Main Street’s Little Mountain Gallery has found itself in financial dire straits after running afoul of the city’s zoning bylaws, which prevent it from hosting live music events.
Ehren Salazar, one of the principals of the gallery, located at 195 East 26th Avenue, said the space had been hosting, on average, two concerts a week for the past two-and-a-half years. But following noise complaints, the concerts have ceased. Salazar is in the process of working with the city’s office of cultural affairs in refining an application for rezoning the space as a legitimate theatre.
“It’s still difficult to make your way through all of the city-hall bureaucracy,” he said. “They’ve told us it would be a pretty unprecedented scenario if we were able to go from a DIY space to a legit theatre. In my mind it’s a 50-50 chance. But it’s probably less than that.”
The gallery is holding silent art auctions from Friday to Sunday (November 12 to 14) to raise funds, as well as a fundraising show December 10 at the Rickshaw Theatre. In the meantime, Salazar said, “It’s kind of hampered our ability to make rent.”¦We’re in the tractor beam of the city, because we’re zoned only as retail.”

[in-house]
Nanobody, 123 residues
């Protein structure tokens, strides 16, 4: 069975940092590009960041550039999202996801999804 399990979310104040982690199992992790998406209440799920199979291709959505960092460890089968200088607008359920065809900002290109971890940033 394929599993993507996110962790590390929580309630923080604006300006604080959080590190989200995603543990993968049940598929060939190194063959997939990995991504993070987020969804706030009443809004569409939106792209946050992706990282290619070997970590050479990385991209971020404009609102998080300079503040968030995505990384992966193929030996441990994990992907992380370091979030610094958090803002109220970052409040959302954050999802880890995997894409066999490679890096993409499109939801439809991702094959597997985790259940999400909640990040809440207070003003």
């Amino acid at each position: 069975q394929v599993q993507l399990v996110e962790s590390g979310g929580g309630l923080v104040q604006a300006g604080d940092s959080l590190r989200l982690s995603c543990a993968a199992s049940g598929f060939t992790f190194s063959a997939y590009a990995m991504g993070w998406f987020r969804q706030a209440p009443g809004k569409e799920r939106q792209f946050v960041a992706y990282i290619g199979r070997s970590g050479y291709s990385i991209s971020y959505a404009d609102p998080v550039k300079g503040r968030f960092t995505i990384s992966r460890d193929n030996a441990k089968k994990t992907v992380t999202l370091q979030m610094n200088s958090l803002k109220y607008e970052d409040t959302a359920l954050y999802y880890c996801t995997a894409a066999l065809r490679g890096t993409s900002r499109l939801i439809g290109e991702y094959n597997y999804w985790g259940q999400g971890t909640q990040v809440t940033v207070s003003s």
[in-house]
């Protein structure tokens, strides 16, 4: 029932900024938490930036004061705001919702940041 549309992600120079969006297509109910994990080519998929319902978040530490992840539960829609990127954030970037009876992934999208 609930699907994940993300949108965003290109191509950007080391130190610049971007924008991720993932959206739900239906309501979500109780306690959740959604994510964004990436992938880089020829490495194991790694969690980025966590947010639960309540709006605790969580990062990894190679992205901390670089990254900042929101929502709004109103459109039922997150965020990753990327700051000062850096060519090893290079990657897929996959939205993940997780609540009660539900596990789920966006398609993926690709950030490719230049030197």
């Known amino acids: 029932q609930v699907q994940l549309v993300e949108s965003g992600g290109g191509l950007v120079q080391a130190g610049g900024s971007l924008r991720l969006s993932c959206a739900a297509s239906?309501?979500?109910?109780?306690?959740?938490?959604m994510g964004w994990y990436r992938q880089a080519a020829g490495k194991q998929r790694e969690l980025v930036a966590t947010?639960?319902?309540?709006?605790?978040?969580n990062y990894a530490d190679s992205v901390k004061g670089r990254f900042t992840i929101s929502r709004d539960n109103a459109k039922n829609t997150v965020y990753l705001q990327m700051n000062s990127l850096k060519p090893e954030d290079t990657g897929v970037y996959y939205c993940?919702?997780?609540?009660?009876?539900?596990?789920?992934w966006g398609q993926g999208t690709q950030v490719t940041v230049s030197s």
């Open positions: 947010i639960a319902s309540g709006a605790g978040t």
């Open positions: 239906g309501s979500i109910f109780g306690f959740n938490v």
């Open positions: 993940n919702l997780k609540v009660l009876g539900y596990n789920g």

David Duprey, owner of the Rickshaw as well as the Narrow Lounge and Grace Gallery at East 3rd Avenue and Main Street, said the loss of Little Mountain Gallery would be a blow to the city. “The venue’s fantastic. It’s incredibly important.”¦ What they’ve done, if they walked in [to City Hall] right now and said, ”˜We want to start this little club in the back of this retail store in a residential neighbourhood,’ at the inquiry desk, they’d be laughed out of existence. It would never happen, which is why something like that is so important that it remains.”
He urged Little Mountain Gallery’s owners to address the zoning issue as quickly as possible. “The city is definitely stepping up—there’s no two ways about it,” he said, noting that city staff are undertaking a review of zoning laws to make it easier for live-performance venues to operate, and have reached out to Little Mountain Gallery. “The office of cultural affairs is working really hard with them to get them legal, and the process that that entails, with change of usage and change of zoning.”¦But then it falls on the people who are operating the place to step up and be legitimate.”
The office of cultural affairs is expected to present the first of a series of bylaw revisions to council in the first quarter of 2011. Staff deferred comment until after the bylaw revisions are completed.